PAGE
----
Use this URL to cite or link to this record in EThOS: https://ethos.bl.uk/OrderDetails.do?uin=uk.bl.ethos.752399
Title: Atomic force microscopy study of the interactions between colloids and surfaces – membranes and cells
Author: He, Yuan
ISNI:       0000 0004 7425 5401
Awarding Body: Swansea University
Current Institution: Swansea University
Date of Award: 2018
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Abstract:
Atomic force microscopy (AFM) is an important measurement methodology for the study of interactions at the micro and nanoscale. The study of colloidal interactions at microbial cell or membrane surfaces can be significantly extended by the application of AFM imaging and force measurement capabilities to provide unique insights into the surface properties and their relationships. The zeta-potential of membrane and cell surfaces can be mathematically described with Boris Derjaguin, Lev Landau, Evert Verwey and Theodoor Overbeek (DLVO) theories and linked to surface interactions. The research of this thesis analyses AFM force-distance measurements and has developed a FORTRAN program to calculate surface properties from AFM force spectroscopy. In the first instance the developed AFM measurement platform allowed the determination of zeta-potential at the nanoscale across a membrane surface (DK). The mapping of the zeta-potential across a surface within a process relevant environment alongside the measurement of other surface properties is unique to AFM and the presented thesis. The distribution of zeta-potential across the membrane or microbial surfaces was found to be as large as ±20mV with the average zeta potential ranging from 10mV to a maximum as 35mV depending on the surface and aqueous environment. The results were compared to other zeta potential measuring methods; zeta-sizer for cells and streaming potential for DK membrane surface. Zeta potential mapping across the surfaces could also be achieved with the AFM method. The surface adhesion is a prominent feature of force curves and the research of the thesis extended the FORTRAN program for numerical analysis of the force curve. Maximum adhesion could be measured as more than 10000pN, while minimum could be less than 100pN. Hydrophobicity of cells was also measured to aid interpretation of AFM data. With a combination of reaction equilibrium and Gaussian distribution, the research demonstrates that the method can identify the type of functional groups on the sample surface. To illustrate the application of the developed AFM analysis the influence of chemical additives on the surface interactions was also investigated. The effect of Sodium tripolyphosphate (STP) on zeta potential at bacterial and yeast cell surfaces was studied. The effect of STP was to narrow the distribution of zeta potential from 10 – 20mV to 10 – 15mV for both yeasts and bacteria. The influence of the antibiotic amoxicillin was also examined and there was a significant adhesion detected with the non-amoxicillin treated cells; maximum of about 3000pN for NCYC-1324 and maximum of around 30000pN for NCYC-1681. The adhesion was reduced to a few hundred pN within 15mins in low amoxicillin (0.1mg/l). A longer time of exposure or higher concentration caused damage to the cell and reduced the validity of the cell adhesion measurement. In conclusion, the work of the thesis has developed an AFM analysis platform that allows the novel interrogation of AFM force-distance curves measured across surfaces. This provides unique insight into the interactions found at the surface which govern the behaviour of colloids and bio-colloids and impacts within medicine, bioprocess engineering and the natural environment.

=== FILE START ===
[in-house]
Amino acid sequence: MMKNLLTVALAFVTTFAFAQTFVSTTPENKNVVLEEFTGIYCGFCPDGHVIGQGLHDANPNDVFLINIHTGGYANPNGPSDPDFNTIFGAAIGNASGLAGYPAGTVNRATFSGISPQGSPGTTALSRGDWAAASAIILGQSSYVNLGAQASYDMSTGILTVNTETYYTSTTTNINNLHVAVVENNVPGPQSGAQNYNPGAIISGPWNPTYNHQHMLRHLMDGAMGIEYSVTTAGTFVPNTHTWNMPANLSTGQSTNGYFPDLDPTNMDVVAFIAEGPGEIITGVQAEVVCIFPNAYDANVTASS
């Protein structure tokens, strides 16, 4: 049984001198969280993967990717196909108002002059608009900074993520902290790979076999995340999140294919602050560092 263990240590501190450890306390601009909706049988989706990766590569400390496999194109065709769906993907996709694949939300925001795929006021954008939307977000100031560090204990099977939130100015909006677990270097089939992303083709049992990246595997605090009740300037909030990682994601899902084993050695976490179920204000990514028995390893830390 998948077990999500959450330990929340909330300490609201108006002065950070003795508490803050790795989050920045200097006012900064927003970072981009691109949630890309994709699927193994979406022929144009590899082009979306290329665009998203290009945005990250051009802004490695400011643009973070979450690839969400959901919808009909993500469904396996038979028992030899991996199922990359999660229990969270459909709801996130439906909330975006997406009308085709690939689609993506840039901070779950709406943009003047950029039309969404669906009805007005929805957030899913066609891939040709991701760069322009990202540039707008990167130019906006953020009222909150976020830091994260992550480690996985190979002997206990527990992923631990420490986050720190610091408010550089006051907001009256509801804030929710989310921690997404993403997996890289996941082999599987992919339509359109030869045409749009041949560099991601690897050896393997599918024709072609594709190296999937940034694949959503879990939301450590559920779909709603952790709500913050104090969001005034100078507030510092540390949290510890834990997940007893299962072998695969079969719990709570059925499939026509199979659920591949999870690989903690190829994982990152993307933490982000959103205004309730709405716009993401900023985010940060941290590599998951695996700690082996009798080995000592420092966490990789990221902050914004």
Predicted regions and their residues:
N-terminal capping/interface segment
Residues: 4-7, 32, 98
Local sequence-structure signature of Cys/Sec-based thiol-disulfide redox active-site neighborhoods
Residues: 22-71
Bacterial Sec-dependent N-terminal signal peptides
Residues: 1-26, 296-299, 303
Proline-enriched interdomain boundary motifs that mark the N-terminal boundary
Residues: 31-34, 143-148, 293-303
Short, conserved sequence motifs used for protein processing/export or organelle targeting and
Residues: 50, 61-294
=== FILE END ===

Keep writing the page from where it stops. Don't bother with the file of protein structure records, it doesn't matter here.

Supervisor: Wright, Christopher Sponsor: Not available
Qualification Name: Thesis (Ph.D.) Qualification Level: Doctoral
EThOS ID: uk.bl.ethos.752399  DOI: Not available
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